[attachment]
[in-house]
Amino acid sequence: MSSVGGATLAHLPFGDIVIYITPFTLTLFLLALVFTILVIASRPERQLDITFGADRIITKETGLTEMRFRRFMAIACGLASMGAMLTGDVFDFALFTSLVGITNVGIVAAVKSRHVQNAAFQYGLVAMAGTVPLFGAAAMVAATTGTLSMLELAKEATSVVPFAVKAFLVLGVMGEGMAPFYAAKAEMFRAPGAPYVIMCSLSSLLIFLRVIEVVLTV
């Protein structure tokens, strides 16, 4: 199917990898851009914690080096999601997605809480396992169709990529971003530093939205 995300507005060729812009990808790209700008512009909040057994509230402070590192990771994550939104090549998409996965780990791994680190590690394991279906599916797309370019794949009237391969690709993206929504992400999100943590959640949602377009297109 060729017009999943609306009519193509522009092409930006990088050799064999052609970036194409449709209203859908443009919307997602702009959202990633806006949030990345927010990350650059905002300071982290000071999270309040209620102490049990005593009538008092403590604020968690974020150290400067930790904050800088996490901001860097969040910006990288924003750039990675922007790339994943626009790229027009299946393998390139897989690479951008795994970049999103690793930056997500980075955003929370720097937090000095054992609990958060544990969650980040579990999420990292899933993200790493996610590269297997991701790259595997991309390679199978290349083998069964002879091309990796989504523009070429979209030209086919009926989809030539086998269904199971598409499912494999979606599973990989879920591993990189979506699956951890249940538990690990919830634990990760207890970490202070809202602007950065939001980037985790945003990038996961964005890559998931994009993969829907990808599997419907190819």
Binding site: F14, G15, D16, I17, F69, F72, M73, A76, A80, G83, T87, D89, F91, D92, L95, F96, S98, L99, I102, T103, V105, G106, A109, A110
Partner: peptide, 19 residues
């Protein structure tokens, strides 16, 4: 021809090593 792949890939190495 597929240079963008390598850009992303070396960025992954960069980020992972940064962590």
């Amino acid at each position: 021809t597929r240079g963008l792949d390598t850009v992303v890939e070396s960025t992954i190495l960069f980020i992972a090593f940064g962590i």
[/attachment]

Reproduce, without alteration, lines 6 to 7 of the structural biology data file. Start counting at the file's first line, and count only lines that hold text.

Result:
């Protein structure tokens, strides 16, 4: 021809090593 792949890939190495 597929240079963008390598850009992303070396960025992954960069980020992972940064962590």
């Amino acid at each position: 021809t597929r240079g963008l792949d390598t850009v992303v890939e070396s960025t992954i190495l960069f980020i992972a090593f940064g962590i």